With national income (GDP) expected to only grow by 1.4 per cent a year over the period this will also mean that health spending as a percentage of GDP could grow to around 8 per cent – a historic high. This could be a little higher or lower depending on parts of the budget which haven’t been announced yet, as well as choices made by Scotland, Wales and Northern Ireland.
A system creaking under pressure
The second interpretation is less positive.
The result of eight years of remarkably low growth in health spending is that providers are in deficit to the tune of £960m. (This would likely be higher if not for one-off funding increases and accountancy changes meaning that the finances of NHS providers are even more precarious than it seems.)
Likewise, staff engagement and retention has fallen, waiting times have deteriorated, and there is a backlog of maintenance required to the NHS’s buildings.
Funding between 2015-16 and 2023-24 is likely to be about a percentage point below the historical average of 3.7 per cent
Under this interpretation, the money goes into a system creaking under pressure – and these cracks will need to be papered over. While the additional funding over the next five years may be enough to keep up with spending pressures, the funding over the last eight certainly hasn’t been.
Funding between 2015-16 and 2023-24 is likely to be about a percentage point below the historical average of 3.7 per cent. This again depends on decisions on spending which have not been made yet, in particular around the rest of the DHSC’s budget, and spending in the rest of the UK.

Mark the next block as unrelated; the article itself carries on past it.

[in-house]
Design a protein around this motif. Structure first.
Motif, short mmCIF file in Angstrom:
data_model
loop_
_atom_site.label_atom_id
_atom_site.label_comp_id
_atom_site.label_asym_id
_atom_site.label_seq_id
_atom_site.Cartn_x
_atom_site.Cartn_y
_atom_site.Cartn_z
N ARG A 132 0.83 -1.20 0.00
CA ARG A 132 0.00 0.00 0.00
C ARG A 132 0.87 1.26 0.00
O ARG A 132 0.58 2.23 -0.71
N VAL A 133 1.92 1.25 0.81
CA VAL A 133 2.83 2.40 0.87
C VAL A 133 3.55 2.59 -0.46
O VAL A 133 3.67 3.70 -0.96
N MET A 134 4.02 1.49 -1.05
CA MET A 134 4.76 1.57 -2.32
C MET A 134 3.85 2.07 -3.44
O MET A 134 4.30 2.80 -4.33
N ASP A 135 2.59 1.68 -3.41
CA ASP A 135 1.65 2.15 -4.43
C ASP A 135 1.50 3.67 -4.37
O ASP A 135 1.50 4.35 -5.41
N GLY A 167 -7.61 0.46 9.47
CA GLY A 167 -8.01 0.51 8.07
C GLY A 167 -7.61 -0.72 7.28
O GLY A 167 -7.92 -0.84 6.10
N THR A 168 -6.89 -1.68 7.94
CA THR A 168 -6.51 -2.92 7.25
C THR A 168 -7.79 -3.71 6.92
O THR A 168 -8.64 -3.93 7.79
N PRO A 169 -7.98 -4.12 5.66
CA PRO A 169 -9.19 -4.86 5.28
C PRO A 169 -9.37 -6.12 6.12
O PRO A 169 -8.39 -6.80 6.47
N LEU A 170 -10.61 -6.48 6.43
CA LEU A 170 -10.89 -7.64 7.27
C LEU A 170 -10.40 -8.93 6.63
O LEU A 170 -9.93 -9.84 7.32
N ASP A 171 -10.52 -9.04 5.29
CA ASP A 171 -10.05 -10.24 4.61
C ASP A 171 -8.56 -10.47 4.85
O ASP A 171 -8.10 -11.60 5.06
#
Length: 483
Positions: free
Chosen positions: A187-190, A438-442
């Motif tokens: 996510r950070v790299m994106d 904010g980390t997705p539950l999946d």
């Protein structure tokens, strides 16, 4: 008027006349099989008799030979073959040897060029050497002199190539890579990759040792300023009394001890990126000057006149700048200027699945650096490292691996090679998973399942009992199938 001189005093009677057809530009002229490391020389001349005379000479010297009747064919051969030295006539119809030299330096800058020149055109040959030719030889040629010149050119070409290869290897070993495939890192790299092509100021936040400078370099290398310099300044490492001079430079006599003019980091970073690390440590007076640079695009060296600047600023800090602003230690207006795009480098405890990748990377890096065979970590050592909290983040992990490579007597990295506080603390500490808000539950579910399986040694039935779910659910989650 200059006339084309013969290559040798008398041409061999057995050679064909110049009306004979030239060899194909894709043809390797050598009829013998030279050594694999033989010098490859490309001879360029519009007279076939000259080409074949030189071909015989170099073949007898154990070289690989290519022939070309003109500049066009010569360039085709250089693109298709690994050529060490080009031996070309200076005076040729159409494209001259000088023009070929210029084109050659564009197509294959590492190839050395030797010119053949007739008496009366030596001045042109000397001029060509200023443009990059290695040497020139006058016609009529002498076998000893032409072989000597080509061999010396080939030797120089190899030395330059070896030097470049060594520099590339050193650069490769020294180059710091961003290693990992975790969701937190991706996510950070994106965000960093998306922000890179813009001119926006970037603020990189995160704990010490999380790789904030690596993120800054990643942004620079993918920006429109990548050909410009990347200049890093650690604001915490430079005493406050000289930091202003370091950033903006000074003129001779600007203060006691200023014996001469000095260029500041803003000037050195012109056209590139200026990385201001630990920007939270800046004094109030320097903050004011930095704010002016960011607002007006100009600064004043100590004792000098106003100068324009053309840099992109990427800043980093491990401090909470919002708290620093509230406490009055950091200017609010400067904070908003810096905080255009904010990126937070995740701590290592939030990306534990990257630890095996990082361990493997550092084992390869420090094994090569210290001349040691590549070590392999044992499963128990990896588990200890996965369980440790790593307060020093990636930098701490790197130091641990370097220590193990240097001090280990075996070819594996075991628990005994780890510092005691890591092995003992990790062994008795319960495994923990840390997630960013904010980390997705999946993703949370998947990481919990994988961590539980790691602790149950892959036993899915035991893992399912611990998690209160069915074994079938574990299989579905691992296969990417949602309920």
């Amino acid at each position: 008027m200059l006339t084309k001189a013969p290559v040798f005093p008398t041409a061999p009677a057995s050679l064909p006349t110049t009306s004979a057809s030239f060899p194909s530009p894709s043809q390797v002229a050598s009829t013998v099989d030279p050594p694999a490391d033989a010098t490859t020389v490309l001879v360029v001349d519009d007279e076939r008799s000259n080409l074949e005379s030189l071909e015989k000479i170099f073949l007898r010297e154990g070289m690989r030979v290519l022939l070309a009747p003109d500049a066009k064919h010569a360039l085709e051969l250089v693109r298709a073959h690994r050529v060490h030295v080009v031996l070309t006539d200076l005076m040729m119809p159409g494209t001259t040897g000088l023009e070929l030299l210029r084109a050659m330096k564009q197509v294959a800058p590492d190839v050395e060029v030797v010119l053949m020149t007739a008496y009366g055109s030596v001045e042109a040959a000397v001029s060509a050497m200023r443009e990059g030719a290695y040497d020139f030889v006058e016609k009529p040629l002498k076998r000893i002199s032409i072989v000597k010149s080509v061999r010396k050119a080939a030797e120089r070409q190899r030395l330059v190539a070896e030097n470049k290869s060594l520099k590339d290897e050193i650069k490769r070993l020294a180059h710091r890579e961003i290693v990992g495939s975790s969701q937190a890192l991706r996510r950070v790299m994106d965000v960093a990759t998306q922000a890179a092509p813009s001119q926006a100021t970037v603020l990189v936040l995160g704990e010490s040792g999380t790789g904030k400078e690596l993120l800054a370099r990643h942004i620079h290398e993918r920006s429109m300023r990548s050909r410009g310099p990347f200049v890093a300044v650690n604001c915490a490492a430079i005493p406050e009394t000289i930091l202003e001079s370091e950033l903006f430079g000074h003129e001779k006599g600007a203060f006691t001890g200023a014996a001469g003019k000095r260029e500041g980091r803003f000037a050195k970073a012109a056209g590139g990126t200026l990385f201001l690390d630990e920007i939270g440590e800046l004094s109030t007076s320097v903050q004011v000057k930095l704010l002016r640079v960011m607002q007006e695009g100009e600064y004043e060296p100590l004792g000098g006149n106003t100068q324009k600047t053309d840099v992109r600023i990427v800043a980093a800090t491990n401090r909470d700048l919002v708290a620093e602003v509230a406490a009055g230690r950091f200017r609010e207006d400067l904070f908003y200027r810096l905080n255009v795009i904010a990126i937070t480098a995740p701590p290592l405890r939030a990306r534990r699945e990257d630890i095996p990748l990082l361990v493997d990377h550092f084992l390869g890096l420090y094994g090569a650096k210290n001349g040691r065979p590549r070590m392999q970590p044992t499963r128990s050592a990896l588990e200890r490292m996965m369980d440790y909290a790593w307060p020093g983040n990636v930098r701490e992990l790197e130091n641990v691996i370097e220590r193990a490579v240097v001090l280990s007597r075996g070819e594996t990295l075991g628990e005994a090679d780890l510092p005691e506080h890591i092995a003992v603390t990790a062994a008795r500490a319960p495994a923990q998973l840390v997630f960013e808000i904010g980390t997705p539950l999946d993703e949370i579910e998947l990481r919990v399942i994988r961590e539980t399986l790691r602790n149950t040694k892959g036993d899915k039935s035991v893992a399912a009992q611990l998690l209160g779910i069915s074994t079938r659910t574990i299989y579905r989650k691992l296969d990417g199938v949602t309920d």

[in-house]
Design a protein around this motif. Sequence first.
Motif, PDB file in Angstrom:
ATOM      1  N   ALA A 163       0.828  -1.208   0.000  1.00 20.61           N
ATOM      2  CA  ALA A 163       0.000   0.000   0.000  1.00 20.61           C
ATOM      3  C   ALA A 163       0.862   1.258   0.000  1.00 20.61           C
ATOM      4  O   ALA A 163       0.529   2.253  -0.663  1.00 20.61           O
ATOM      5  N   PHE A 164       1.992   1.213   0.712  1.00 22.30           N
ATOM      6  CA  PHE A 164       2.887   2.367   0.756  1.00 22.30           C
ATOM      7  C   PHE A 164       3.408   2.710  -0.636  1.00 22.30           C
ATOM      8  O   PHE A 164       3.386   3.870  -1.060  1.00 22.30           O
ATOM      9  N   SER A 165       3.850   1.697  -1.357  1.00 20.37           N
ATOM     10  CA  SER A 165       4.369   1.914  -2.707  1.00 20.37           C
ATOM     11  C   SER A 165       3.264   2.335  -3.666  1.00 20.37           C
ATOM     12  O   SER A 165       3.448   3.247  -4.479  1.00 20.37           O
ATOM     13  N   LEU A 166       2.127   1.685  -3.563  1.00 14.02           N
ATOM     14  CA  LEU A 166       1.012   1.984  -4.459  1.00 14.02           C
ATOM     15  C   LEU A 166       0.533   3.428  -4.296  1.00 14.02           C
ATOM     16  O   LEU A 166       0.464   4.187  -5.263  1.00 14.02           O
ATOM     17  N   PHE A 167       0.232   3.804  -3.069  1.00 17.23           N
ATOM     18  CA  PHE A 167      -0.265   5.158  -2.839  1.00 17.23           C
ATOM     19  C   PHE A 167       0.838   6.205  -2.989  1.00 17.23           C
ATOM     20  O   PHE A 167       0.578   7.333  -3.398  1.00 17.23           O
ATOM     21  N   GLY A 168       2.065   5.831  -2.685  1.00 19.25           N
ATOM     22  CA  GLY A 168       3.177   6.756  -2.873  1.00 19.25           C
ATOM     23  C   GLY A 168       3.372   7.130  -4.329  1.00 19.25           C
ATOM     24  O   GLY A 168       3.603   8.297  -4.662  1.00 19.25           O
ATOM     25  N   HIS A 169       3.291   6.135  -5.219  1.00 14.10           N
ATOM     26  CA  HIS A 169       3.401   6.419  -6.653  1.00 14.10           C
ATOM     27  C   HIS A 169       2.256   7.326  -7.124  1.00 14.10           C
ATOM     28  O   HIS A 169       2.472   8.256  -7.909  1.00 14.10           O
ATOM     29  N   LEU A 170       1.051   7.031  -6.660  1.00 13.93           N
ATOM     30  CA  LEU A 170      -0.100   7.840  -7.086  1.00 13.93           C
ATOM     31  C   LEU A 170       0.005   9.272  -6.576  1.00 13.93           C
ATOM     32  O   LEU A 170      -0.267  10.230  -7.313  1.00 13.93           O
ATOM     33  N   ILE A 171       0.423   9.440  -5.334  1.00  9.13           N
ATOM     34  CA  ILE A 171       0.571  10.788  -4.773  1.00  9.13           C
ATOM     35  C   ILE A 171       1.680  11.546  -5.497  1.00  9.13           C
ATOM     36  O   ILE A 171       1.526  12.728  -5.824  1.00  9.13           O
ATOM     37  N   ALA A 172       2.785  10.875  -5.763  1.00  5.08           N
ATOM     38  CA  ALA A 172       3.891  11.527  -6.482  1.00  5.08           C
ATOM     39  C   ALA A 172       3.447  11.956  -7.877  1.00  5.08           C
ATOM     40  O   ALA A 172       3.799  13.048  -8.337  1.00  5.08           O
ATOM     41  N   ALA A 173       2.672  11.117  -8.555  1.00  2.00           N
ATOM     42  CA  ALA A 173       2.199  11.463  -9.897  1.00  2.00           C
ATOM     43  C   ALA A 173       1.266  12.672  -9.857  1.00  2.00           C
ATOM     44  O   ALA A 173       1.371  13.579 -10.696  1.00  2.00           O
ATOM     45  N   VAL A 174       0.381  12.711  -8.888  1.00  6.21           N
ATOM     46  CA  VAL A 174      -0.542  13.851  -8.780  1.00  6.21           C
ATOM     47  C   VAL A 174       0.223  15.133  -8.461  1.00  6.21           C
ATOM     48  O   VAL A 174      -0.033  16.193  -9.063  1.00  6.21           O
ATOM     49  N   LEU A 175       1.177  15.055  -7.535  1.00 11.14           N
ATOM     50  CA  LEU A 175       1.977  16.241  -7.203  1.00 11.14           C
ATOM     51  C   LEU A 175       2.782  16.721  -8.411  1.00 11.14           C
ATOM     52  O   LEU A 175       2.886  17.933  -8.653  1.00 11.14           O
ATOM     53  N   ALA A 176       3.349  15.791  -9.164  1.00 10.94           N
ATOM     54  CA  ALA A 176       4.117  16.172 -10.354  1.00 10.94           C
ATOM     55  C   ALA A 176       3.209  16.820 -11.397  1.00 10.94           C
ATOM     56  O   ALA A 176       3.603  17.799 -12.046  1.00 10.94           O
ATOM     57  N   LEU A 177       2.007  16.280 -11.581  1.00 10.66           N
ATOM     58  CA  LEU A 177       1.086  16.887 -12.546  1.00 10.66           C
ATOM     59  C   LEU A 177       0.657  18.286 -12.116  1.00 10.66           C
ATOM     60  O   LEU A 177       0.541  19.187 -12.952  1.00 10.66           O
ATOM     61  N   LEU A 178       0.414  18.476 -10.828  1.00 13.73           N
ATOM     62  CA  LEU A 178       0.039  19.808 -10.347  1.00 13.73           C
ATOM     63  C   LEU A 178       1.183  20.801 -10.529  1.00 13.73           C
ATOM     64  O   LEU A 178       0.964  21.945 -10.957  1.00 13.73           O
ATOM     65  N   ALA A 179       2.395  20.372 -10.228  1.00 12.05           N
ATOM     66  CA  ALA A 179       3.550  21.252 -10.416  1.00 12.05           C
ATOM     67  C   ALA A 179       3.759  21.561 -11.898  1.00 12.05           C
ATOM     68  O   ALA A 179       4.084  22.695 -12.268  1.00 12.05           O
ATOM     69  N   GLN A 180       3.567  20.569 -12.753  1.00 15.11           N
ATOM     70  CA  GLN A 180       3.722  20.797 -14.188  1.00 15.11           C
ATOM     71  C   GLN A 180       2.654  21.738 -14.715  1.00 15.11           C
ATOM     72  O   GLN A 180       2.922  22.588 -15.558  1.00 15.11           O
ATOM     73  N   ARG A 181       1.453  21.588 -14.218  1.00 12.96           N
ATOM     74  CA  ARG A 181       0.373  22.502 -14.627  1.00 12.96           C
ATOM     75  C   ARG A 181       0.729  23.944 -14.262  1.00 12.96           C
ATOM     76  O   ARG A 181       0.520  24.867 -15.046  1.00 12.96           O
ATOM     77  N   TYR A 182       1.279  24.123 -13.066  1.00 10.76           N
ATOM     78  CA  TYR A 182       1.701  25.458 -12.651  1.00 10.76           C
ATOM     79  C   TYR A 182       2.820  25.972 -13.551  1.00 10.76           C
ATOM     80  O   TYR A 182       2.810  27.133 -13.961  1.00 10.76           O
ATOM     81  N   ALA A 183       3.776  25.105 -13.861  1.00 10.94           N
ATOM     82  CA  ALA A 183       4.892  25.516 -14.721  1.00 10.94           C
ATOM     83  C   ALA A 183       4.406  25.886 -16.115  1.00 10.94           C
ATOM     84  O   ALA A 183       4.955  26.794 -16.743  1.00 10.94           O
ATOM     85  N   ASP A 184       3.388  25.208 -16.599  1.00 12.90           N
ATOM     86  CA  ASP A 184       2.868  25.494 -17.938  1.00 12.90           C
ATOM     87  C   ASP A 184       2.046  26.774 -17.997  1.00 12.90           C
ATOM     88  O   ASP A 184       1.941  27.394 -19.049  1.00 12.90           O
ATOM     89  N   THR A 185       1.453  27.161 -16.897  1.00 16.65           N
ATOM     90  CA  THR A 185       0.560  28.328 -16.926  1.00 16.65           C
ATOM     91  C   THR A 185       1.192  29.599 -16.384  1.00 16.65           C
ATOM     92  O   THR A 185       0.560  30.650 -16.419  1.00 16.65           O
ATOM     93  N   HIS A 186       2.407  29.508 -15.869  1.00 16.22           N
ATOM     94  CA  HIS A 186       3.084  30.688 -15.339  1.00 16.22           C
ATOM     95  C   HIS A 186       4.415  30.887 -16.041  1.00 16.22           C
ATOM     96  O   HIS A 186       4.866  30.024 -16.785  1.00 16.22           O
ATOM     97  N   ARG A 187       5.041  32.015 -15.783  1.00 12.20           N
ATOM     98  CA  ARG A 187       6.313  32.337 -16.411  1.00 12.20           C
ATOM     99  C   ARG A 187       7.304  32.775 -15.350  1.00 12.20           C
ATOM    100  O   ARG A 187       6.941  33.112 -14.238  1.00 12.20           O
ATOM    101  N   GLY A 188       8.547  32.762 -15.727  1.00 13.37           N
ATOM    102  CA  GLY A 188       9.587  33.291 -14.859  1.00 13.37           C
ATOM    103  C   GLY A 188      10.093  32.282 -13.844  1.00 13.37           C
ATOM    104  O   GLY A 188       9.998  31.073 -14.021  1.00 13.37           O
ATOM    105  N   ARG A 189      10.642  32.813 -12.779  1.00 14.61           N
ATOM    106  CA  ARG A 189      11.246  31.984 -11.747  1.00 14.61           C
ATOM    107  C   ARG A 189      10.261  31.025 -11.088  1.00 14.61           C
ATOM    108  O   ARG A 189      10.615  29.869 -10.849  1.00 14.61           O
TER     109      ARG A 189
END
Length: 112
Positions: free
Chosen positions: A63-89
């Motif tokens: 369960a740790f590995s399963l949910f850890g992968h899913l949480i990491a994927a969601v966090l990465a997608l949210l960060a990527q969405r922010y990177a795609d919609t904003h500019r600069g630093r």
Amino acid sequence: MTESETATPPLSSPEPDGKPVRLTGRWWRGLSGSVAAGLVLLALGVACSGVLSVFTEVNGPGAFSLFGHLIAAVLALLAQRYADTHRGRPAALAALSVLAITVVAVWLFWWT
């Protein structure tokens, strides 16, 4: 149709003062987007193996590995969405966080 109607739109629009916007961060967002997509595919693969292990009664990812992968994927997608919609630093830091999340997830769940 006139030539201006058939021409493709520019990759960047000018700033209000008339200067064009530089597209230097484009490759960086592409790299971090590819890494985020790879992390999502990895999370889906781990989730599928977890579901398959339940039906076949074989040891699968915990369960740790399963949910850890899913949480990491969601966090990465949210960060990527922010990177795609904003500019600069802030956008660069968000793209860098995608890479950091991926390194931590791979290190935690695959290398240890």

Similarly, our analysis in Securing the future shows that this money is nowhere near enough to modernise the NHS and make serious investment in areas like mental health treatment and spending on buildings and equipment. This would require about 4 per cent a year over the next 15 years, and would likely need frontloaded investment of around 5 per cent a year over the next five years.
Does that settle it?
The temptation is to think that, at least for now, some really tough conversations have been headed off. But the announcement is only the start.
For one, we still do not know what the settlement will be for areas outside of NHS England. If this increase does not include increased spending in other important areas of the DHSC’s budget – for example much of public health and training of staff, as well as social care – then it will fail to maintain current standards of care.
The “change of gear” Simon Stevens refers to may well be into reverse. If the rest of the budget does not grow in line with NHS England’s budget, then the increase may be around 3 per cent – below the level required to keep up with spending pressures.
We might not have these issues resolved until the Spending Review next year, which means the pressures will not be easing off anytime soon.
If the rest of the budget does not grow in line with NHS England’s budget, then the increase may be around 3 per cent – below the level required to keep up with spending pressures
On top of this, money is only as good as what it is spent on. This new money does not allow the NHS to run Supermarket Sweep-style through the aisles of the health policy supermarket.
At best, it should help stem some of the deterioration of the last eight years in areas like waiting times, staff engagement, and NHS provider deficits. The Treasury will be expecting these improvements, which means there will be no shortage of tricky conversations around the “10 year plan” the NHS has been tasked to come up with.
And so, for what was advertised as a funding settlement, there’s an awful lot yet to be settled. While we at last have some facts and some certainty, two interpretations remain true: it is welcome relief after the last eight years, but a missed opportunity to modernise the NHS.